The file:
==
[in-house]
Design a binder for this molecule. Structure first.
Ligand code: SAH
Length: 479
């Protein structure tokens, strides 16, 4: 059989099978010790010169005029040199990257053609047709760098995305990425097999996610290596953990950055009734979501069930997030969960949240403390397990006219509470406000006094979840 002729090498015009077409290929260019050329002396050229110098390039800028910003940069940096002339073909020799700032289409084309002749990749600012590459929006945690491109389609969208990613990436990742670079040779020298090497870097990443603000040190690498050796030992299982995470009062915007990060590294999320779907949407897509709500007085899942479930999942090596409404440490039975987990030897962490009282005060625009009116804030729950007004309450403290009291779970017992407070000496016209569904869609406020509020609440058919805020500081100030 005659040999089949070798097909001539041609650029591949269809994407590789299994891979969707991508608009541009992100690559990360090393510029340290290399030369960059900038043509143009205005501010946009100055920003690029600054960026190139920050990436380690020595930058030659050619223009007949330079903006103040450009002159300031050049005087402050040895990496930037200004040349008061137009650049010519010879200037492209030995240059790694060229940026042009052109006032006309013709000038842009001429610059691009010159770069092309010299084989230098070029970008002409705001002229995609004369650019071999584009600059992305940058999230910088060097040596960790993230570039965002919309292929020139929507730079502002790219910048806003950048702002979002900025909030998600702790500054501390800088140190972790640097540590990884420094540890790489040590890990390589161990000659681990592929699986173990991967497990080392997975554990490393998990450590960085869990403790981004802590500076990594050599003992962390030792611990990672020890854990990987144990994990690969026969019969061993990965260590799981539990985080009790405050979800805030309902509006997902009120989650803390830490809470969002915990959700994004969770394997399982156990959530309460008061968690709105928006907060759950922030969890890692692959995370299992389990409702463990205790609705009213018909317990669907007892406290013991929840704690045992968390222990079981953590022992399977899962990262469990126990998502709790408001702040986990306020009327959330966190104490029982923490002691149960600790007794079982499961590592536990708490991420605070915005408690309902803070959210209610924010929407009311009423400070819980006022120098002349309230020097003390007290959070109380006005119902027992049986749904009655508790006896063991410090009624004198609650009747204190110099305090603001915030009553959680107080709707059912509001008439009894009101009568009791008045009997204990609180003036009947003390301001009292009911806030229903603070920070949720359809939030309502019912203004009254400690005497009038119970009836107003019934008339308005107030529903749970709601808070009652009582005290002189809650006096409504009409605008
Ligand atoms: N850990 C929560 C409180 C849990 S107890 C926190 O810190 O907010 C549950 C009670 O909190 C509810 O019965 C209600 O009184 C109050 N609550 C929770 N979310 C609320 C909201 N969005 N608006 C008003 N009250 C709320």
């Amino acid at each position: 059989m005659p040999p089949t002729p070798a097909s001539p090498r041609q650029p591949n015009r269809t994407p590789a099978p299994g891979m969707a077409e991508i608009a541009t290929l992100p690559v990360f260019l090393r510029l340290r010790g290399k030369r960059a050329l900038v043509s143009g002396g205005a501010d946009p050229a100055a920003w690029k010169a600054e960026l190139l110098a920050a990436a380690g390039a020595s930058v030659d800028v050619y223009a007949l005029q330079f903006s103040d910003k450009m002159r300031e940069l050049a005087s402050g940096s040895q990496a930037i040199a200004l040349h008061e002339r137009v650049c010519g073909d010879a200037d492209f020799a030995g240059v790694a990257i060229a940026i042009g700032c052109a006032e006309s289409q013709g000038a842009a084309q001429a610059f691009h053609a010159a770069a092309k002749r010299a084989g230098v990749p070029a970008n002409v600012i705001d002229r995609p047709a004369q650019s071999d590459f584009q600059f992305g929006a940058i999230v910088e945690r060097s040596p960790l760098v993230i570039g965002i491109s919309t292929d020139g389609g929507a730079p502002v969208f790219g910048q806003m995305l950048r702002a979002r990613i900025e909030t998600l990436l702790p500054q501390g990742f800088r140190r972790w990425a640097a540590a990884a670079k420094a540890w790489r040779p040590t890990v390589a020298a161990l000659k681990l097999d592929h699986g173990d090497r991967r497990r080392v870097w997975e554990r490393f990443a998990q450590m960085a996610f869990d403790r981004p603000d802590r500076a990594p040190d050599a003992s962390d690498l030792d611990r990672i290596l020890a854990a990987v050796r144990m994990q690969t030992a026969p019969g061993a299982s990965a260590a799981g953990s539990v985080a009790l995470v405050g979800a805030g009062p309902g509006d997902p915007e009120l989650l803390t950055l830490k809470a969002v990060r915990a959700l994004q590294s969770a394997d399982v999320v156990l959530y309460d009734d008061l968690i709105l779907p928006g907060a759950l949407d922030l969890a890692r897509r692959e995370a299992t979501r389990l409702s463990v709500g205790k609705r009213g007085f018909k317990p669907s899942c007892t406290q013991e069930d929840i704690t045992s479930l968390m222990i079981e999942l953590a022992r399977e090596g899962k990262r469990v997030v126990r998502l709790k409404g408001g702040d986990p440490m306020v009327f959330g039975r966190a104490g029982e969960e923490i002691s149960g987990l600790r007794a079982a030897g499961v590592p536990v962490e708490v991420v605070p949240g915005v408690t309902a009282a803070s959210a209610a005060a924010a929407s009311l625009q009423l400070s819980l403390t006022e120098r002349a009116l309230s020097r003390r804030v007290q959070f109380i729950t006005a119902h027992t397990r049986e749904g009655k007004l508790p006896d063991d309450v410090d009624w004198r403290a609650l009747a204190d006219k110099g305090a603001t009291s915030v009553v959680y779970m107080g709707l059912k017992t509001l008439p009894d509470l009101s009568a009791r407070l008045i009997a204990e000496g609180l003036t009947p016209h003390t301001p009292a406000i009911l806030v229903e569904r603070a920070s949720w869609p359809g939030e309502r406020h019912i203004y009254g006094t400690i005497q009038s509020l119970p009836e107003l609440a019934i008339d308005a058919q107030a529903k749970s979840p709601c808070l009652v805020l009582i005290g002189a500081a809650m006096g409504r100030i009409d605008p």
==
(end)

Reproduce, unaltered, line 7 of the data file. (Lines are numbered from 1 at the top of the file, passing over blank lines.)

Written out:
């Amino acid at each position: 059989m005659p040999p089949t002729p070798a097909s001539p090498r041609q650029p591949n015009r269809t994407p590789a099978p299994g891979m969707a077409e991508i608009a541009t290929l992100p690559v990360f260019l090393r510029l340290r010790g290399k030369r960059a050329l900038v043509s143009g002396g205005a501010d946009p050229a100055a920003w690029k010169a600054e960026l190139l110098a920050a990436a380690g390039a020595s930058v030659d800028v050619y223009a007949l005029q330079f903006s103040d910003k450009m002159r300031e940069l050049a005087s402050g940096s040895q990496a930037i040199a200004l040349h008061e002339r137009v650049c010519g073909d010879a200037d492209f020799a030995g240059v790694a990257i060229a940026i042009g700032c052109a006032e006309s289409q013709g000038a842009a084309q001429a610059f691009h053609a010159a770069a092309k002749r010299a084989g230098v990749p070029a970008n002409v600012i705001d002229r995609p047709a004369q650019s071999d590459f584009q600059f992305g929006a940058i999230v910088e945690r060097s040596p960790l760098v993230i570039g965002i491109s919309t292929d020139g389609g929507a730079p502002v969208f790219g910048q806003m995305l950048r702002a979002r990613i900025e909030t998600l990436l702790p500054q501390g990742f800088r140190r972790w990425a640097a540590a990884a670079k420094a540890w790489r040779p040590t890990v390589a020298a161990l000659k681990l097999d592929h699986g173990d090497r991967r497990r080392v870097w997975e554990r490393f990443a998990q450590m960085a996610f869990d403790r981004p603000d802590r500076a990594p040190d050599a003992s962390d690498l030792d611990r990672i290596l020890a854990a990987v050796r144990m994990q690969t030992a026969p019969g061993a299982s990965a260590a799981g953990s539990v985080a009790l995470v405050g979800a805030g009062p309902g509006d997902p915007e009120l989650l803390t950055l830490k809470a969002v990060r915990a959700l994004q590294s969770a394997d399982v999320v156990l959530y309460d009734d008061l968690i709105l779907p928006g907060a759950l949407d922030l969890a890692r897509r692959e995370a299992t979501r389990l409702s463990v709500g205790k609705r009213g007085f018909k317990p669907s899942c007892t406290q013991e069930d929840i704690t045992s479930l968390m222990i079981e999942l953590a022992r399977e090596g899962k990262r469990v997030v126990r998502l709790k409404g408001g702040d986990p440490m306020v009327f959330g039975r966190a104490g029982e969960e923490i002691s149960g987990l600790r007794a079982a030897g499961v590592p536990v962490e708490v991420v605070p949240g915005v408690t309902a009282a803070s959210a209610a005060a924010a929407s009311l625009q009423l400070s819980l403390t006022e120098r002349a009116l309230s020097r003390r804030v007290q959070f109380i729950t006005a119902h027992t397990r049986e749904g009655k007004l508790p006896d063991d309450v410090d009624w004198r403290a609650l009747a204190d006219k110099g305090a603001t009291s915030v009553v959680y779970m107080g709707l059912k017992t509001l008439p009894d509470l009101s009568a009791r407070l008045i009997a204990e000496g609180l003036t009947p016209h003390t301001p009292a406000i009911l806030v229903e569904r603070a920070s949720w869609p359809g939030e309502r406020h019912i203004y009254g006094t400690i005497q009038s509020l119970p009836e107003l609440a019934i008339d308005a058919q107030a529903k749970s979840p709601c808070l009652v805020l009582i005290g002189a500081a809650m006096g409504r100030i009409d605008p």